Parenting Mistakes We Make
Published 02 July 2020 at 19:35
"He is so slow at doing things, if I don’t help him or keep pushing him, the work will NEVER get done."
Remember when they were tiny tots and were struggling to wear their clothes or tie their shoelaces? When we parents are not in a rush, it is a delight to watch them master a thing that is so simple for us that we don’t even give a conscious thought. The same adorable act becomes a bit of an irritant when we are in a rush to get things done by a certain time so that it can fit into our schedule. From getting ready for school in the morning to writing a statement of purpose for college applications, when we run out of patience and time, we parents get frustrated and end up doing it for them. We tell ourselves we are helping them, but we are doing much more than that. When we do things for them unintentionally, we are sending silent signals to them:
- I can’t trust you to do this without me intervening;
- If you don’t do it, don’t bother, the work will get done eventually by someone somehow;
- Making sure things are done on time are not your responsibility, they are mine.
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Let us just pause for a minute. Ask yourself: When I decide to “help” my child without them asking for it, what is driving me to do that?
This is one of the questions that always comes up when I am coaching parents who want to raise a self-driven and motivated child. More often than not, the narratives that run in the mind of a parent are the same – fear that if they don’t help out, the child will never do it. She will be left behind in school. She will not get into a good university or job and eventually in life. She will end up being stuck in a negative place from which she will never be able to come out.
Our reactions and behaviours based on these internal dialogues pilot us to nag and coax our kids. In the long run, it makes them either rebellious and aggressive or quiet and passive-aggressive. When this negative mind mapping becomes our parenting road map, it becomes our biggest mistake as a parent.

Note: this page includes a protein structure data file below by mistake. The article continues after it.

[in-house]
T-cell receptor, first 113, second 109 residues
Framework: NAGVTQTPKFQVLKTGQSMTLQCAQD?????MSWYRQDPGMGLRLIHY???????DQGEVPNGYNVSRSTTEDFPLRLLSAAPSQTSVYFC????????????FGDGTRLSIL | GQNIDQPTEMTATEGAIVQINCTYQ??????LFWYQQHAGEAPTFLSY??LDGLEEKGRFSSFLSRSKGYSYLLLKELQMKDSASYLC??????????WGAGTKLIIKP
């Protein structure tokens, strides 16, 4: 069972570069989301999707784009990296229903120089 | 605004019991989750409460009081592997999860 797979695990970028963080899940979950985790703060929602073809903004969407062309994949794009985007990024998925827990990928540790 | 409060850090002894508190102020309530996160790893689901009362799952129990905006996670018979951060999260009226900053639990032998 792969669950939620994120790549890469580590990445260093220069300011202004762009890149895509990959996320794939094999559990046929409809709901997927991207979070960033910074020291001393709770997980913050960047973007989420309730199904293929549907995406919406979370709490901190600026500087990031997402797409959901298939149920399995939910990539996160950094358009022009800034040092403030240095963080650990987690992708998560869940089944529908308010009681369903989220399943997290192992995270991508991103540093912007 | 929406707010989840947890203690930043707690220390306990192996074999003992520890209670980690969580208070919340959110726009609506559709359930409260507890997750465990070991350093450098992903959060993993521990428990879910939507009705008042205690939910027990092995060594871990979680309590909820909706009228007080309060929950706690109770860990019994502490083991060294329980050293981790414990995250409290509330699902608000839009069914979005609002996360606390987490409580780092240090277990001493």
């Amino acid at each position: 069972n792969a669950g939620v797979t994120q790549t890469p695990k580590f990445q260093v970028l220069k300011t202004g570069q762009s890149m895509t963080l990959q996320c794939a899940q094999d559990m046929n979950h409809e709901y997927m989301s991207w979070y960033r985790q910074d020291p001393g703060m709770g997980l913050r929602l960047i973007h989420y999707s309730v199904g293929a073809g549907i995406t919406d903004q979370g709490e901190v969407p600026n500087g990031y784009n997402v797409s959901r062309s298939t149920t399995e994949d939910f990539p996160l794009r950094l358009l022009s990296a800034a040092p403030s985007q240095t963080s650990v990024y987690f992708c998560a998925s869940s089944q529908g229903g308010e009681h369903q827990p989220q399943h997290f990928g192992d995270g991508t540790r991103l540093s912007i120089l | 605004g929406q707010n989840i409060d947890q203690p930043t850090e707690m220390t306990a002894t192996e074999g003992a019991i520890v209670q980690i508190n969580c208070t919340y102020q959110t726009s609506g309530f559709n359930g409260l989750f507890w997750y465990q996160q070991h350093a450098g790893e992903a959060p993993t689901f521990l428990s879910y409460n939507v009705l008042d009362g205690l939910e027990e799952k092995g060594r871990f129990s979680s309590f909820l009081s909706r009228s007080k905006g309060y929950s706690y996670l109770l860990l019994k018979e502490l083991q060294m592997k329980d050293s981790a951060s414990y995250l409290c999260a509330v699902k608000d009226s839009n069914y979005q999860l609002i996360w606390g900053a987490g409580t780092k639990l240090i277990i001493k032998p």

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What can we do instead?
When parenting from a place of fear and anxiety, our children mirror our emotions. Our premotor cortex is the seat of Mirror Neurons. These neurons "mirror" the behaviour of the other, as though the observer were itself acting. In the case of kids, when they see anxiety, fear, frustration in their parents or caregivers, they tend to mirror it in themselves. We are all aware that while positive stress motivates us to do more, negative stress takes away all motivation from us.
The best thing we can do as parents is to practice, non-anxious parenting. Coined by Edwin Friedman, this is the rule of thumb of good parenting. When we look at things from a place of calm, we can look at it from different angles and guide our children accordingly.
A tranquil mind would remember, learning is usually a steep curve. It starts slow, but with repetition becomes easy. If they are doing it slowly, let them take time. If it is time-bound, instead of rushing to help them last-minute, start motivating them early on and monitoring their progress as time passes.
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Do you remember their struggle with tying shoelaces? Instead of tying it for them, you taught them the way to do it. After a few times, it started coming easily to them. It is the same thing with everything. Instead of doing it for them, give them the skill, encouragement, and time. They will eventually get it.
To a peaceful mind, it also becomes easier to discern between our responsibilities and what should they be held responsible and accountable for. Giving guidance and nurturing environment is our responsibility. But things like getting ready on time for school is theirs. Just as much as writing application essays for college. We must refrain from taking everything in our own hands. Prompting them to continuously put in their best efforts and monitoring their progress regularly usually are enough. This encourages them to reach out if they need help.
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To end this article, I would like to say, children naturally identify with the goals and values of the parents who care for them deeply and unconditionally. Instead of trying to make our kids motivated by instilling fear of the future, we can use our knowledge and experiences to build competence in them. Carol Dweck says in her book Mindset: "Competence is about feeling that we can handle a situation than it is about being really great at something." To raise self-driven children who feel confident to take on the challenges life throws at them, we as parents need to move from a place of fear to a place of non-anxious presence.
By Shalini Bindal
About the Author:
Shalini Bindal is a Professional Coach certified by International Coach Federation (ICF). She focuses her coaching efforts on Teens, Parents and Women. Her one-on-one Cut-the-Clutter programme is designed to change the child’s thinking from negative to positive. Before becoming a Coach, she was a Human Resources professional and Corporate Facilitator. A mother of two teenagers, Shalini has lived in India, Belgium and now in Hong Kong. Email her for a 30-minute free in-person or virtual session email@example.com.